A Quarterback Mugging: The Defense Shines in a Lane Stadium Shellacking of Boston College

A dominant defensive performance and no offensive mistakes offset another shaky offensive performance in the first win of the Brent Pry era. 2,800-word, 11-play film review analyzing how the defensive scheme and execution pressured BC, Tech's continued run blocking woes, and how misdirection and players just making plays helped the Hokies win the game.

[Mark Umansky]

Only two games into the 2022 season, and it has become pretty clear what winning will look like in year one of Brent Pry's rebuilding effort. The Virginia Tech defense has thus far exceeded all expectations, showcasing pursuit not seen in the better part of a decade, getting bodies into the gaps with a dizzying array of pressures, while matching effectively in coverage. The offense is, frankly, painful to watch, much as it was during the Hokies' ACC dominance in the late 2000s. Last week, penalties and turnovers proved to be the difference against Old Dominion. Against Boston College, the Hokies protected the football and had fewer penalties and won the game without much drama. And most importantly, when things didn't go to plan, several Hokies made plays on plays where Boston College had a chance to swing momentum early. Pry, and especially his defense, looked confident and sound, while not flamboyantly celebrating the almost constant assault on NFL prospect Phil Jurkovec. It was a positive building block in a season where adversity will be a constant, and future turnover on the roster looms large.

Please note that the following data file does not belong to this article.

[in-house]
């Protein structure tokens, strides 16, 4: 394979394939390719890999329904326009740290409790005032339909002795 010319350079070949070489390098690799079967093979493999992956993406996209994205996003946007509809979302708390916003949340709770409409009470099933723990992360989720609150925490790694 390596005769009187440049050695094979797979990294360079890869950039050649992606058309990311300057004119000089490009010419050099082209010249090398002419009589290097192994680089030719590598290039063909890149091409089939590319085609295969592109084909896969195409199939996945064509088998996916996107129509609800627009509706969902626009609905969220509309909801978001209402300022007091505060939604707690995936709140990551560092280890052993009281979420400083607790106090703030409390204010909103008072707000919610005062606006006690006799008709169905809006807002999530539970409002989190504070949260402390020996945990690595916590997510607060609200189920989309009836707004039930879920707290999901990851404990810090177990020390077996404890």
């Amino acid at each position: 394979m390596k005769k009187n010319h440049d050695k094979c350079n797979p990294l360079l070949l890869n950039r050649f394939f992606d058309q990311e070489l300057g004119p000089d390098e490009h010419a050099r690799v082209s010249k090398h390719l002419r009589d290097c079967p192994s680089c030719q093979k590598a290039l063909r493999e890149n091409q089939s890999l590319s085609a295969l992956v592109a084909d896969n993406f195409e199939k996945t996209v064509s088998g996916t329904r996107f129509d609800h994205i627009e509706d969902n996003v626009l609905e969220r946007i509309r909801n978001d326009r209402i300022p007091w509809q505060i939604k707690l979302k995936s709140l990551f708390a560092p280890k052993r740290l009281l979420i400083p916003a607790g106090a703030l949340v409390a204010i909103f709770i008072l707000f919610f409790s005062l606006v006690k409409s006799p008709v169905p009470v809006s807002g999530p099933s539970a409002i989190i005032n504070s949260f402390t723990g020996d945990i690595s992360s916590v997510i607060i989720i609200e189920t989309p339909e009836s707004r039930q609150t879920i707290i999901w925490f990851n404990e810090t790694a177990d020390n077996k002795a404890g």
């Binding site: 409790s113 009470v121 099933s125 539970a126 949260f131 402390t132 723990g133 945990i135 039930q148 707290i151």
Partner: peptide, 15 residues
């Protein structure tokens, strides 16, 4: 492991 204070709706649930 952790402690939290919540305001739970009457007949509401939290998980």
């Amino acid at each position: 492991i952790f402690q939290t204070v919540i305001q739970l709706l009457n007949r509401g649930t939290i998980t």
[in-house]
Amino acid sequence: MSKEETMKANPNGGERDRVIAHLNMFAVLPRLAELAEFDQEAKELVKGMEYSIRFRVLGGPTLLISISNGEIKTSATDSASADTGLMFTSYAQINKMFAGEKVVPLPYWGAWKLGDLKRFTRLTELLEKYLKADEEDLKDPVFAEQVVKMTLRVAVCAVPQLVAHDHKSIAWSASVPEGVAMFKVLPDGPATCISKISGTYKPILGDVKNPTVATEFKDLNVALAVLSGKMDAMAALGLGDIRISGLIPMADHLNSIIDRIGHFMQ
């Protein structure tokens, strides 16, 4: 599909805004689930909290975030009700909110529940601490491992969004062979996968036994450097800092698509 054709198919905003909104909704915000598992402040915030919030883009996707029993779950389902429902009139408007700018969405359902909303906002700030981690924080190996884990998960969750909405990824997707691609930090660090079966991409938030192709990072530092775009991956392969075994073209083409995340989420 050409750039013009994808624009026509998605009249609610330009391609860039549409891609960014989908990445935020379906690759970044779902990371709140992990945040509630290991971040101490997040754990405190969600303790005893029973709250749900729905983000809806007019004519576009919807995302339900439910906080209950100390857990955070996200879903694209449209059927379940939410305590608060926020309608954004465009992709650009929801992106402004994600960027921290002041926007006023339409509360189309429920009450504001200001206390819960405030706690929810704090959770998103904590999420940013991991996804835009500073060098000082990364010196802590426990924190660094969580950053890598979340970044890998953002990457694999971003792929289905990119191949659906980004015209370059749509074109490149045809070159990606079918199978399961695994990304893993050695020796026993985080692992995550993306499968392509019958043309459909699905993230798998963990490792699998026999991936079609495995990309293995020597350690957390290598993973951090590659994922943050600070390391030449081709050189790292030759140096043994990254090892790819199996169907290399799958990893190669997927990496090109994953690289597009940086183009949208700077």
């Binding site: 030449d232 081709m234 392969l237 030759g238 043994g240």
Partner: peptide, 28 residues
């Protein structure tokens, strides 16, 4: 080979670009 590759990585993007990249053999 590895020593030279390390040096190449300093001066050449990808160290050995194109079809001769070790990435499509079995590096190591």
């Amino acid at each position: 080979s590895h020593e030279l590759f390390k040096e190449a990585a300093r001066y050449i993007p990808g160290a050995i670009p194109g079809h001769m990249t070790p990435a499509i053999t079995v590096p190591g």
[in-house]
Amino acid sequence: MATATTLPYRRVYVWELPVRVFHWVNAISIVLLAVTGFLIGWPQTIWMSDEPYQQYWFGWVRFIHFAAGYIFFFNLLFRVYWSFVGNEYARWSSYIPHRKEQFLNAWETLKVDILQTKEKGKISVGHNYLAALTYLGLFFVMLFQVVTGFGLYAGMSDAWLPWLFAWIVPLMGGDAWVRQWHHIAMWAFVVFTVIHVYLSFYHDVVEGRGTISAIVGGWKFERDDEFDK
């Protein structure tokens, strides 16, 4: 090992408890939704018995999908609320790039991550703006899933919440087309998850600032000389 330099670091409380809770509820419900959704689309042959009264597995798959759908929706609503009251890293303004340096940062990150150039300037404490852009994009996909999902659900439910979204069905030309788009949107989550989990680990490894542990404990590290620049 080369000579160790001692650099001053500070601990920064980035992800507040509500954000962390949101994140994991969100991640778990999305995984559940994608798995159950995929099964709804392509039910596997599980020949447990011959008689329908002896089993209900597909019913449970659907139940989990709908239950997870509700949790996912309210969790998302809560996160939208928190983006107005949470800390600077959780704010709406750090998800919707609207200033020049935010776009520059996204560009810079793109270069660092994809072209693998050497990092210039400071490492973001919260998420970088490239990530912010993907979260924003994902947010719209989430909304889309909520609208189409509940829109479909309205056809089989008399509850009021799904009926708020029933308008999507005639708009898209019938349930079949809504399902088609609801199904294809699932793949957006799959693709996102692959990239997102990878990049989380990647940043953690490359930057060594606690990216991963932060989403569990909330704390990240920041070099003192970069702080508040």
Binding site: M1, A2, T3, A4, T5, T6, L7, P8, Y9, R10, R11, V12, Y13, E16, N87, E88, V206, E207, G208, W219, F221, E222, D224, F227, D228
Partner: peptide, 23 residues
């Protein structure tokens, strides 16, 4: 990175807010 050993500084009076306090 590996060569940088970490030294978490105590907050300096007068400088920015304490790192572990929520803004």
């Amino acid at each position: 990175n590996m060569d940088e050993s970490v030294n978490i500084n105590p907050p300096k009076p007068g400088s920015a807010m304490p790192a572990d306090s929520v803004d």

Defensive Scheme Facilitates Pressures

The Hokies front four looked like they had played in Pry's defensive scheme for years. TyJuan Garbutt in particular got to flex his speed because the scheme allowed him to attack gaps instead of worrying about contain.

This 2nd-and-10 attempt was a blown up split zone read into the field-side. Defensive tackle Mario Kendricks (No. 22) slants from the boundary A-gap into the field A-gap. MIKE Dax Hollifield (No. 4) fits into the boundary A-gap. Garbutt (No. 45) slants hard into the boundary B-gap. WILL Jayden McDonald (No. 38) supports on the boundary edge and Nasir Peoples (No. 5) fills the alley.

Garbutt didn't just have the speed advantage over lumbering right tackle Kevin Cline (No. 79). He also knew that he had to fit the A-gap rather than worrying about reading the play. He uses a sharp inside rip move to cross Cline's face, and then instead of getting washed inside (as he often was in the past), he turned up the field, resisting pressure from Cline and made the tackle in the backfield.

To continue reading Get Fully Dipped and Join The Key Players Club »

  • Exclusive Content
  • Advanced Site Features
  • Keychain Bottle Opener
  • Reduced Ad Experience
  • Members Only Forum
  • 10% Homefield Discount